Mitral Valve Prolapse


What is Mitral Valve Prolapse?

Mitral valve prolapse is a type of myxomatous valve disease. The tissue of the mitral valve leaflets and chordae are abnormally stretchy, so that as the heart beats, the mitral valve bows or flops back into the left atrium.

  • Those with mitral valve prolapse may not have any regurgitation (leaky valve) or they may have a range of severity from a mild leak to a very floppy, leaky valve.
  • The majority of people have no leak or a mild leak. In this case, MVP is not a cause for concern. A small percentage of people with mitral valve prolapse have severe MVP, requiring further treatment.
  • Mitral valve prolapse is very common, affecting about three to five percent of the population.
  • Females are affected twice as often as males.
  • Mitral valve prolapse can be seen in children, teens, and adults.

What are the symptoms of Mitral Valve Prolapse?

Most people with MVP have no symptoms. Some people have symptoms such as:

  • bursts of rapid heartbeat (palpitations)
  • chest discomfort
  • easily tired (fatigue)
  • dizziness
  • shortness of breath
  • anxiety

Symptoms do not always relate to how serious your MVP is. You may have frequent symptoms, yet diagnostic tests may show your valve leak is not significant. These symptoms may cause you to worry, but they are not dangerous or life threatening, and, may not require treatment at all.

Mitral Valve Prolapse

How is Mitral Valve Prolapse diagnosed?

Mitral valve prolapse is usually diagnosed during a routine physical exam. MVP is called the click-murmur sound because the doctor will hear a click and a murmur (abnormal blood flow through the valve) as the valve leaflets bow back into left atrium with each heartbeat.

Other tests used to diagnose valve disease may include :

How is Mitral Valve Prolapse treated?

In most cases mitral valve prolapse is treated with:


If you have symptoms with mitral valve prolapse, it can cause anxiety about your heart and the severity of your valve disease. However, most people with MVP need only endocarditis prevention and yearly follow-up appointments. No further treatment is needed.

Endocarditis Prevention

If you have MVP, you are at low risk for getting endocarditis, an infection that causes damage to the heart valves, but you should follow these guidelines:

  • Tell your doctors and dentist you have valve disease. You may want to carry a card with this information.
  • Call your doctor if you have symptoms of an infection (sore throat, general body achiness, and fever). Colds and flus do not cause endocarditis. But, infections, which may have the same symptoms, do. So, to be safe, call your doctor.
  • Practice good oral hygiene habits every day. Good oral health is generally more effective in reducing your risk of bacterial endocarditis than is taking preventive antibiotics before certain procedures. Take good care of your teeth and gums.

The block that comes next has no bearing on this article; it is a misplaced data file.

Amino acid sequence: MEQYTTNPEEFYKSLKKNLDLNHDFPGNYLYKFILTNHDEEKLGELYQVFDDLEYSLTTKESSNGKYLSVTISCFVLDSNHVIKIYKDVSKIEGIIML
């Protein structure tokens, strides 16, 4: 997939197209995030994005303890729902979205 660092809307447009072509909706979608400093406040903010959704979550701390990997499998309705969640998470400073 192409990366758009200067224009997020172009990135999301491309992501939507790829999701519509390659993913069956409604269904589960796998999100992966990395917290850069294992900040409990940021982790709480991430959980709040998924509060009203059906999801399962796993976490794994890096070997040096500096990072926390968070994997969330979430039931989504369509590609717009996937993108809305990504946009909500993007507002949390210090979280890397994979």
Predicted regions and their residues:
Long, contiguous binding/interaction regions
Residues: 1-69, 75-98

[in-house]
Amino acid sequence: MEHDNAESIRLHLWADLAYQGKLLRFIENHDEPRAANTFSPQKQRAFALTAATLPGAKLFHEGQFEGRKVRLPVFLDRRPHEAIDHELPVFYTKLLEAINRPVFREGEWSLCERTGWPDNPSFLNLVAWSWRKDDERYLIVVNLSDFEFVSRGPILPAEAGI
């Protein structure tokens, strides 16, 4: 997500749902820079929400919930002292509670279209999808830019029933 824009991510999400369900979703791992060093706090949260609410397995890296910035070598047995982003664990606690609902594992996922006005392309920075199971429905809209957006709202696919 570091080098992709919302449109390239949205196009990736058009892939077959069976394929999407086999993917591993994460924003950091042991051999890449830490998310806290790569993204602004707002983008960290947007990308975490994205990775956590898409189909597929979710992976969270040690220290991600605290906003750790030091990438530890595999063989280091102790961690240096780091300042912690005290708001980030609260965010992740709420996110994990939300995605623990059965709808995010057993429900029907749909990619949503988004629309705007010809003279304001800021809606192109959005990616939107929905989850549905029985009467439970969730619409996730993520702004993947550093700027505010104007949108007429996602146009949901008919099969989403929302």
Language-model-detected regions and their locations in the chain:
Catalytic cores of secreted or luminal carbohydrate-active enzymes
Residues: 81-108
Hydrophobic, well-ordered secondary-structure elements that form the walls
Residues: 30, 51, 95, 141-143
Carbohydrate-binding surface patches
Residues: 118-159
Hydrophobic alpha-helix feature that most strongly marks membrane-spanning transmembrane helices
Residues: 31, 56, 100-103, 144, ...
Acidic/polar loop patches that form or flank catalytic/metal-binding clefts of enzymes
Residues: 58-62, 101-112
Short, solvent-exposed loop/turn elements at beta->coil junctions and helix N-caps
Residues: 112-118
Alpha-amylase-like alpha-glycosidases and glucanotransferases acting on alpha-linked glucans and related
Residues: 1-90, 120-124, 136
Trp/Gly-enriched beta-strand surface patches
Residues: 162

• If you have questions about endocarditis, please see our information about Bacterial Endocarditis prevention. Learn more about oral health and cardiovascular disease.

Regular Follow-up Visits

  • Your doctor will want to monitor the progress of your valve disease with regular appointments. They may be spaced once a year or more often, if your doctor feels you need to be followed more closely.
  • Your appointment will include a medical exam. Diagnostic studies may be repeated at regular intervals.

Heart Surgery

In about 10 to 15 percent of people with MVP, further treatment is needed. In this case, valve surgery will be performed to repair the mitral valve.


How to find a doctor if you have Mitral Valve Prolapse

  • Find a Miller Family Heart & Vascular Institute Cardiologist who specializes in the diagnosis and treatment of patients with valve disease.


  • Gillinov AM. Chordal transfer for repair of anterior leaflet prolapse. Multimedia Manual of Cardiothoracic Surg, 2005.
  • Gillinov AM, Cosgrove DM. Current status of mitral valve repair. Am Heart Hosp J, 2003;1:47-54.
  • Gillinov AM, Faber CN, Houghtaling PL, Blackstone EH, Lam BK, Diaz R, Lytle BW, et al. Repair versus replacement for degenerative mitral valve disease with coexisting ischemic heart disease. J Thorac Cardiovasc Surg, 2003;125:1350-62.
  • Gillinov AM, Banbury MK, Cosgrove DM. Hemisternotomy approach for aortic and mitral valve surgery. J Card Surg, 2000;15:15-20.
  • Gillinov AM, Banbury MK, Cosgrove DM. Is minimally invasive heart valve surgery a paradigm for the future? Curr Cardiol Rep, 1999;1:318-22. Review.
  • Gillinov AM, Cosgrove DM, Blackstone EH, Diaz R, Arnold JH, Lytle BW, Smedira NG, Sabik JF, McCarthy PM, Loop FD. Durability of mitral valve repair for degenerative disease. J Thorac Cardiovasc Surg 1998;116:734-43.
  • Alpert J, Sabek J, Cosgrove D. (1998) Mitral Valve Disease, Mitral Valve Disease, In Topol E. (Ed.), Textbook of Cardiovascular Medicine (pp.503-532). Philadelphia: Lipincott-Raven.

More Information

  • For more information on valve disease and its treatment, see Valve Disease

Reviewed by a Cleveland Clinic medical professional.

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